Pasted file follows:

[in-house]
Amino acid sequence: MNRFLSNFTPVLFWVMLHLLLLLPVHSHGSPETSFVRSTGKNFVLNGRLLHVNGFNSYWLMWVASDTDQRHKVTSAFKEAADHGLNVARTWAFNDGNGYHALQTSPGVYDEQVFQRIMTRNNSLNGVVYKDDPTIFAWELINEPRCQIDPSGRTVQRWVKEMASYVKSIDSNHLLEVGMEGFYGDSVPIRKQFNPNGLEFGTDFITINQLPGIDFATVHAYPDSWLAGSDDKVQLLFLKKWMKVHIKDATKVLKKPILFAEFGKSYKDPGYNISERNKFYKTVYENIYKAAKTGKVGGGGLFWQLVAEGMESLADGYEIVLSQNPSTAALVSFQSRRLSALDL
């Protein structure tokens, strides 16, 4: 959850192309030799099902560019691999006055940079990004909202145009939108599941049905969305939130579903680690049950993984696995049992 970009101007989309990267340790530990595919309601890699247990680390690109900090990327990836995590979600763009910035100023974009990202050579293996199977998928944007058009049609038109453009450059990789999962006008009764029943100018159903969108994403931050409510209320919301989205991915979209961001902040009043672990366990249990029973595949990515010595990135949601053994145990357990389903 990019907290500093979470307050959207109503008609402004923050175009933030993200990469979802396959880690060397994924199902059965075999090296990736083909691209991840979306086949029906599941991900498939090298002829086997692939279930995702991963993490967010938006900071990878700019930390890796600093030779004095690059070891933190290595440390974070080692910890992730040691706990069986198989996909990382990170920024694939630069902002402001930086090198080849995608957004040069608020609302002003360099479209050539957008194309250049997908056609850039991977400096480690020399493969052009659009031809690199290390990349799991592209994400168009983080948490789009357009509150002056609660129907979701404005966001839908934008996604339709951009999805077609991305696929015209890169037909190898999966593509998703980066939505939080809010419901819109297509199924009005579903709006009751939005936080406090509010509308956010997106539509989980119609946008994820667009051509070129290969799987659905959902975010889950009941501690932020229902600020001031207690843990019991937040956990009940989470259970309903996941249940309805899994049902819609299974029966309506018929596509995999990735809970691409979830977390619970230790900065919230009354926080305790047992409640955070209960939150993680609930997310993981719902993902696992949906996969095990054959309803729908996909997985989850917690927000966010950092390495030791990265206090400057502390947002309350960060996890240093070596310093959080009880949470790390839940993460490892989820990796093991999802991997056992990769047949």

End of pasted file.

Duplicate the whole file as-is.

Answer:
[in-house]
Amino acid sequence: MNRFLSNFTPVLFWVMLHLLLLLPVHSHGSPETSFVRSTGKNFVLNGRLLHVNGFNSYWLMWVASDTDQRHKVTSAFKEAADHGLNVARTWAFNDGNGYHALQTSPGVYDEQVFQRIMTRNNSLNGVVYKDDPTIFAWELINEPRCQIDPSGRTVQRWVKEMASYVKSIDSNHLLEVGMEGFYGDSVPIRKQFNPNGLEFGTDFITINQLPGIDFATVHAYPDSWLAGSDDKVQLLFLKKWMKVHIKDATKVLKKPILFAEFGKSYKDPGYNISERNKFYKTVYENIYKAAKTGKVGGGGLFWQLVAEGMESLADGYEIVLSQNPSTAALVSFQSRRLSALDL
């Protein structure tokens, strides 16, 4: 959850192309030799099902560019691999006055940079990004909202145009939108599941049905969305939130579903680690049950993984696995049992 970009101007989309990267340790530990595919309601890699247990680390690109900090990327990836995590979600763009910035100023974009990202050579293996199977998928944007058009049609038109453009450059990789999962006008009764029943100018159903969108994403931050409510209320919301989205991915979209961001902040009043672990366990249990029973595949990515010595990135949601053994145990357990389903 990019907290500093979470307050959207109503008609402004923050175009933030993200990469979802396959880690060397994924199902059965075999090296990736083909691209991840979306086949029906599941991900498939090298002829086997692939279930995702991963993490967010938006900071990878700019930390890796600093030779004095690059070891933190290595440390974070080692910890992730040691706990069986198989996909990382990170920024694939630069902002402001930086090198080849995608957004040069608020609302002003360099479209050539957008194309250049997908056609850039991977400096480690020399493969052009659009031809690199290390990349799991592209994400168009983080948490789009357009509150002056609660129907979701404005966001839908934008996604339709951009999805077609991305696929015209890169037909190898999966593509998703980066939505939080809010419901819109297509199924009005579903709006009751939005936080406090509010509308956010997106539509989980119609946008994820667009051509070129290969799987659905959902975010889950009941501690932020229902600020001031207690843990019991937040956990009940989470259970309903996941249940309805899994049902819609299974029966309506018929596509995999990735809970691409979830977390619970230790900065919230009354926080305790047992409640955070209960939150993680609930997310993981719902993902696992949906996969095990054959309803729908996909997985989850917690927000966010950092390495030791990265206090400057502390947002309350960060996890240093070596310093959080009880949470790390839940993460490892989820990796093991999802991997056992990769047949």